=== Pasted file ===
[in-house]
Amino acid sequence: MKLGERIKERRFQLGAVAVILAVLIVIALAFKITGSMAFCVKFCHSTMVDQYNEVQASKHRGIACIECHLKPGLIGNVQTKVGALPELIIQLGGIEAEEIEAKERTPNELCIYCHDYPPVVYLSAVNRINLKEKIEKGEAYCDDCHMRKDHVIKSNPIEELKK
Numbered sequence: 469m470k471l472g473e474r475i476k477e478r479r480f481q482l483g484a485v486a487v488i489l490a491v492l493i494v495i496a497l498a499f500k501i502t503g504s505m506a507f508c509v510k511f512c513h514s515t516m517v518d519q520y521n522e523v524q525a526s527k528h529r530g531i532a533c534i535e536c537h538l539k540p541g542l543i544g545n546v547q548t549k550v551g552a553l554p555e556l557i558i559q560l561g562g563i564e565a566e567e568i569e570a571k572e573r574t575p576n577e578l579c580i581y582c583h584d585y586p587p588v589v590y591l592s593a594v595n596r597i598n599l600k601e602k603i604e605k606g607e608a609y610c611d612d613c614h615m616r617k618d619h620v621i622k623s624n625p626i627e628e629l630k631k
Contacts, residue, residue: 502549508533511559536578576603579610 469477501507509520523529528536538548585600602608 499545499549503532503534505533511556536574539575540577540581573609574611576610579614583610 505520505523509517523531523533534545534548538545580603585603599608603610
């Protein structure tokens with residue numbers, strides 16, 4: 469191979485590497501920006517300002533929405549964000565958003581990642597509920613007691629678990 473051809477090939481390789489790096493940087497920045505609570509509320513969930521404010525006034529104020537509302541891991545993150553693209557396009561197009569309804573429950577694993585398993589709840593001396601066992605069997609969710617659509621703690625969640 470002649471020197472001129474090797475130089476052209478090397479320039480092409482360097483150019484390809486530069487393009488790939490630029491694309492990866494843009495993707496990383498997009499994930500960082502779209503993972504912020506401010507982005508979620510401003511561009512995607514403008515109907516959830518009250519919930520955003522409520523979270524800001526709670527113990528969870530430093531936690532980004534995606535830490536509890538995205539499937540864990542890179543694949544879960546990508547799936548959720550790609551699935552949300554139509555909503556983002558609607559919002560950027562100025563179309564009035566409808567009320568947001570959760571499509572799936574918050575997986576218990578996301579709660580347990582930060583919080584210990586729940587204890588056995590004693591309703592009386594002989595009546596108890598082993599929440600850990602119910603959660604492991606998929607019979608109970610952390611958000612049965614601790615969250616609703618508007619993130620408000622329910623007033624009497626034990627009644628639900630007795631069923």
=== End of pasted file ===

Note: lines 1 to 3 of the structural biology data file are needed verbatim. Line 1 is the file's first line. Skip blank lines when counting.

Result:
[in-house]
Amino acid sequence: MKLGERIKERRFQLGAVAVILAVLIVIALAFKITGSMAFCVKFCHSTMVDQYNEVQASKHRGIACIECHLKPGLIGNVQTKVGALPELIIQLGGIEAEEIEAKERTPNELCIYCHDYPPVVYLSAVNRINLKEKIEKGEAYCDDCHMRKDHVIKSNPIEELKK
Numbered sequence: 469m470k471l472g473e474r475i476k477e478r479r480f481q482l483g484a485v486a487v488i489l490a491v492l493i494v495i496a497l498a499f500k501i502t503g504s505m506a507f508c509v510k511f512c513h514s515t516m517v518d519q520y521n522e523v524q525a526s527k528h529r530g531i532a533c534i535e536c537h538l539k540p541g542l543i544g545n546v547q548t549k550v551g552a553l554p555e556l557i558i559q560l561g562g563i564e565a566e567e568i569e570a571k572e573r574t575p576n577e578l579c580i581y582c583h584d585y586p587p588v589v590y591l592s593a594v595n596r597i598n599l600k601e602k603i604e605k606g607e608a609y610c611d612d613c614h615m616r617k618d619h620v621i622k623s624n625p626i627e628e629l630k631k